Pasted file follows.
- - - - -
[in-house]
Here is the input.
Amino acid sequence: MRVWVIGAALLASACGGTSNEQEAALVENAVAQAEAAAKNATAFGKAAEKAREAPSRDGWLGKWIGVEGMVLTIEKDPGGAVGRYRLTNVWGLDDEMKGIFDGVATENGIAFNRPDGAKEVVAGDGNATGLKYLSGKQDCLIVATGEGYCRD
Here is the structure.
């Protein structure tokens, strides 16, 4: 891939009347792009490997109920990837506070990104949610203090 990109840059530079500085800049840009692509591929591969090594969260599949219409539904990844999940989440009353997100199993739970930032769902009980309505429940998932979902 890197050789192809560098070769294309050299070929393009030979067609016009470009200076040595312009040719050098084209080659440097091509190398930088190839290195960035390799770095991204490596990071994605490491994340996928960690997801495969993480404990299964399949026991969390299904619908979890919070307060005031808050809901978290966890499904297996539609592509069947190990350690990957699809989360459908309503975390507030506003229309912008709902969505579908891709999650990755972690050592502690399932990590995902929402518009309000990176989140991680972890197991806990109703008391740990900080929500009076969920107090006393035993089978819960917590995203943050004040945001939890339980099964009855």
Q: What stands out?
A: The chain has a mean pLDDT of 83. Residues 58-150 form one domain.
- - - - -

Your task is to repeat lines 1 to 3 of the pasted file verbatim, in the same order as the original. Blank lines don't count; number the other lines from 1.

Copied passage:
[in-house]
Here is the input.
Amino acid sequence: MRVWVIGAALLASACGGTSNEQEAALVENAVAQAEAAAKNATAFGKAAEKAREAPSRDGWLGKWIGVEGMVLTIEKDPGGAVGRYRLTNVWGLDDEMKGIFDGVATENGIAFNRPDGAKEVVAGDGNATGLKYLSGKQDCLIVATGEGYCRD